An Example of Zoning Overreach…
Shoupistas often gloss over the third leg of Professor Shoup’s theory, that of doing away with mandated parking requirements. It’s urban planning gobbledygook that fascinates professors and PhD candidates but bores the rest of us to tears. The City of Redding in Northern California has come up with a textbook example of why these requirements should be junked. Read about it here.
The city is in the process of approving the development of a parking lot that the city had declared as surplus property. It was little used. The new development is picture perfect for the downtown are with all the mixed use requirements cities love. It would mean, however, a net loss of 18 spaces whilst and at the same time increasing density and traffic. So far so good.
Less than a block away, a building owner wanted to turn 8,000 square feet of storage into rentable space. He has been turned down for his permit because that 8,000 additional sf of offices would, according to the zoning regulations, require an additional 17 parking spaces. Virtually the same number that the city was losing less than a block away.
As the Redding Record Searchlight reports:
But the bottom line remains: The city is selling a parking lot and subsidizing new development in its place, costing a net 18 spaces even while dramatically increasing the residential and commercial density. And within a block it’s stonewalling the full use of an existing building for lack of 17 parking spaces because, hey, rules are rules.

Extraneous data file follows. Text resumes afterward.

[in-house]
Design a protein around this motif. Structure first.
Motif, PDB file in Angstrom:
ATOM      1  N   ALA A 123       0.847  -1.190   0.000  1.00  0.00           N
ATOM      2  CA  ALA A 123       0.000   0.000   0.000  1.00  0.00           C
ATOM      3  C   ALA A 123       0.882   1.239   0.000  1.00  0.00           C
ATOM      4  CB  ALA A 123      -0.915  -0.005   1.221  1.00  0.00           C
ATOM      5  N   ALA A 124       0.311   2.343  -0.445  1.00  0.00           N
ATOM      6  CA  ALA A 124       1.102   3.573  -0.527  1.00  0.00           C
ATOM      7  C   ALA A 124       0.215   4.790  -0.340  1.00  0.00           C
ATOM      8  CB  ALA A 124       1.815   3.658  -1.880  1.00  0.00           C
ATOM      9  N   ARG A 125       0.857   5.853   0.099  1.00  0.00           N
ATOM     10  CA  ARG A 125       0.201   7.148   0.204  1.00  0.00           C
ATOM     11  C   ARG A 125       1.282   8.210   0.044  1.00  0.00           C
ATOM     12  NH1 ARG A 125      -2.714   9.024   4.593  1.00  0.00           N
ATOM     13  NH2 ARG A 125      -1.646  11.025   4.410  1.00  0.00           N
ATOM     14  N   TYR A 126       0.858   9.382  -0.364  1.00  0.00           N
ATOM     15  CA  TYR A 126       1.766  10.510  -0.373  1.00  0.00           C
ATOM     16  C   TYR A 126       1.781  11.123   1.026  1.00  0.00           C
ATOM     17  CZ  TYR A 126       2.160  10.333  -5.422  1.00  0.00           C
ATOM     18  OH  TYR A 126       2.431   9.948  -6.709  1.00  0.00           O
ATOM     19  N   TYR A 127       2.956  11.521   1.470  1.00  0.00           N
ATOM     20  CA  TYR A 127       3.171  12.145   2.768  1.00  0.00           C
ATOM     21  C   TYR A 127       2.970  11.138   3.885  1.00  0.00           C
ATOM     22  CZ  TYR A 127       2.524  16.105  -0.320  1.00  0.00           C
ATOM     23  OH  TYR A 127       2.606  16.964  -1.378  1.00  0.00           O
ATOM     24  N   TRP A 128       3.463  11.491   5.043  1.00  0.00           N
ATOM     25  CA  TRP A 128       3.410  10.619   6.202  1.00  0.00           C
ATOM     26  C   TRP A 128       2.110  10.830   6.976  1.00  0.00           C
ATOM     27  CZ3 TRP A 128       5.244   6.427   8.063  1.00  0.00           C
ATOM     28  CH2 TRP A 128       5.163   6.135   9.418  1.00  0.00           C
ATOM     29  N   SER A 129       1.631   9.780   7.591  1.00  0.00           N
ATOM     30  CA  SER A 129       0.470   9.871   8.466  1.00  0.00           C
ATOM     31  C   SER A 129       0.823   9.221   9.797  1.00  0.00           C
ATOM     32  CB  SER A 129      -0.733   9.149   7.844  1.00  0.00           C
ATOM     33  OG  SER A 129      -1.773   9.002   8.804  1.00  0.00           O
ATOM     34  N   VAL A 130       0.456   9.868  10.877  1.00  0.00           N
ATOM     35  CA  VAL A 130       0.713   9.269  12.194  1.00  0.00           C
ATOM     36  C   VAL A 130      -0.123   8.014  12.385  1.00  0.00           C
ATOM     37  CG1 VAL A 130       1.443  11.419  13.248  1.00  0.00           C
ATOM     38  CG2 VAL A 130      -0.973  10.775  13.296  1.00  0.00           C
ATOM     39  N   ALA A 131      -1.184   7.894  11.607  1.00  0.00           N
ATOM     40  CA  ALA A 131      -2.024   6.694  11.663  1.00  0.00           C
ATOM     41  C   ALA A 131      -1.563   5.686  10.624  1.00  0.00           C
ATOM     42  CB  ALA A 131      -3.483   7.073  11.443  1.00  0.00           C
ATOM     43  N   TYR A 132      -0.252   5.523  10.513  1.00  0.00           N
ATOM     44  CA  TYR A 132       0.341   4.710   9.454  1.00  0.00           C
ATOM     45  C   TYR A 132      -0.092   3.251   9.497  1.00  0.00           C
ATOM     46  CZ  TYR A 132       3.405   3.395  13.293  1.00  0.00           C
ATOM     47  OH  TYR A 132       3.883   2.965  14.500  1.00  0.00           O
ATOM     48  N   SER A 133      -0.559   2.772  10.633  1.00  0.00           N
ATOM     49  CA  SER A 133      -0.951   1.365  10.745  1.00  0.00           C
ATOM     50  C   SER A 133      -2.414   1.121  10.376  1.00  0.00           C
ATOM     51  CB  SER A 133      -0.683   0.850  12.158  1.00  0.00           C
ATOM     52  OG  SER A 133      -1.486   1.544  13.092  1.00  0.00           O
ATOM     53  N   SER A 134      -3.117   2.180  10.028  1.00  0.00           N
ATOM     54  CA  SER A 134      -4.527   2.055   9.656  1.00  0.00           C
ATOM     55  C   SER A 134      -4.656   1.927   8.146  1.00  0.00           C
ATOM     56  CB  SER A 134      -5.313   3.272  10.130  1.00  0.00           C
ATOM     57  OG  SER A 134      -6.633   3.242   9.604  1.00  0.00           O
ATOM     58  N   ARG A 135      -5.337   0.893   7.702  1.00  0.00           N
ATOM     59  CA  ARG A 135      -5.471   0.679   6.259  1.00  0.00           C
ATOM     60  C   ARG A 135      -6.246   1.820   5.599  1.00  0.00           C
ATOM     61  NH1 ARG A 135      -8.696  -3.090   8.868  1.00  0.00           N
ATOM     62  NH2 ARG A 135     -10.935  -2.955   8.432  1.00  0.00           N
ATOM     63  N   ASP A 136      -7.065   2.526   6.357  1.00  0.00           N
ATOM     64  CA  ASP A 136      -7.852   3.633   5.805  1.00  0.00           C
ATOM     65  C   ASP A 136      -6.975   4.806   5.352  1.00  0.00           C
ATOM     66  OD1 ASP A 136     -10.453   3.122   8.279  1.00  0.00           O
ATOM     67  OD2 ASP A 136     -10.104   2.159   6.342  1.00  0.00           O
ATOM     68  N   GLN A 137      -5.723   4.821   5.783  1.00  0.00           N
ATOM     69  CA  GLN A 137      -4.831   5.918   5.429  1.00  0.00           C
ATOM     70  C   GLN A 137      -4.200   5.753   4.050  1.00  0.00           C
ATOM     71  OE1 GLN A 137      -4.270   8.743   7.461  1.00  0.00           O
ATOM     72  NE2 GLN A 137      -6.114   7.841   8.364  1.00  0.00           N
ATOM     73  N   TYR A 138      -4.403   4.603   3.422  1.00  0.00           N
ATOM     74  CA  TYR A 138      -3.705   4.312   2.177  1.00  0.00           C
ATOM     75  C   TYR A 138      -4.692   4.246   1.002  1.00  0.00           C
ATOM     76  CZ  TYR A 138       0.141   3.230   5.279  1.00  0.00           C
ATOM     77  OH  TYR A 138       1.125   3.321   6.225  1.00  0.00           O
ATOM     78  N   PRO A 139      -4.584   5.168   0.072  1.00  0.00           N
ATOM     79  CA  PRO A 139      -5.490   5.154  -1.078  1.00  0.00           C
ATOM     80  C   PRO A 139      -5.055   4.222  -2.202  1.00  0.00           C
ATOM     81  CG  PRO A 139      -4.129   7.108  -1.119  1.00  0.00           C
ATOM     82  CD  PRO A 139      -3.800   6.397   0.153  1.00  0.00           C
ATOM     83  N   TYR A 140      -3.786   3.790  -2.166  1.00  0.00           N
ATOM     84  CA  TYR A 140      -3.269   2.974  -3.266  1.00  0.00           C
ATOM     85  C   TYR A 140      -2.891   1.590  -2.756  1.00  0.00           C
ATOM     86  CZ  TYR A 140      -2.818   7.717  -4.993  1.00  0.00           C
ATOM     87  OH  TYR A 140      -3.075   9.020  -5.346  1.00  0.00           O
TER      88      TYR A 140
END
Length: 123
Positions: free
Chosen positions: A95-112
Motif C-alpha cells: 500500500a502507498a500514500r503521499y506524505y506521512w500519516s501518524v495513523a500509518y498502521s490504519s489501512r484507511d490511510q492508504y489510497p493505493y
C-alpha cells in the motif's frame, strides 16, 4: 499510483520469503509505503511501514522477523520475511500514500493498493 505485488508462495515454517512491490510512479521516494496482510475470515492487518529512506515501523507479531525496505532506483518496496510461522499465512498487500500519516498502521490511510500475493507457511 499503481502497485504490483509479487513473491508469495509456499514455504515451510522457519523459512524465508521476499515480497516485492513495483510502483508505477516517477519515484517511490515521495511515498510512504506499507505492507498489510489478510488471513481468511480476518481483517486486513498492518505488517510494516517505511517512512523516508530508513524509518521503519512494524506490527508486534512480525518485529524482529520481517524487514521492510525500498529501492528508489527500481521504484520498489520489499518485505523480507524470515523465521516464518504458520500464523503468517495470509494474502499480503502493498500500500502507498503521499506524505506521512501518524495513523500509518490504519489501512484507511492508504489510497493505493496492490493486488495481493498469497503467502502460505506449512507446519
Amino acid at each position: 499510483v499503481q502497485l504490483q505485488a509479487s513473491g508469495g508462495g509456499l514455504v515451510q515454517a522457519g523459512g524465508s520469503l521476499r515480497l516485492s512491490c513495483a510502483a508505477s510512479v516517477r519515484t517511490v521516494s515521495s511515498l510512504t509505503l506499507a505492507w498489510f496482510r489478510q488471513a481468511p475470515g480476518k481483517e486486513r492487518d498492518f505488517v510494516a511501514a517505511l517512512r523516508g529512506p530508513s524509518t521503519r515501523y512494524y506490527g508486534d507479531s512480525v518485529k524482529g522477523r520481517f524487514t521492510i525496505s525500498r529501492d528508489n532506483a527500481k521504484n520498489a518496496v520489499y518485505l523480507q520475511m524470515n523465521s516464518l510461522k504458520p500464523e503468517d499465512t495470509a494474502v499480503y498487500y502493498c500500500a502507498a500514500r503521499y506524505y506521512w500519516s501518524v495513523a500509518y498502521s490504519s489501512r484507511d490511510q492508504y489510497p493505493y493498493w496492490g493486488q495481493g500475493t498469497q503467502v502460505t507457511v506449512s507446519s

You could circle the block all day and still never find the common sense in that scenario.
The planning wizards have rules in place except when they want to override them. In truth both projects will probably get along just fine without the additional parking. Who knows better how much parking is needed for a development, the person risking their money building it, or bureaucrats in an office somewhere?
And no, those risking money aren’t just greedy fat cats looking for a quick buck. They have factored in the parking as an amenity and know just how attractive their building will be with or without a certain number of parking space.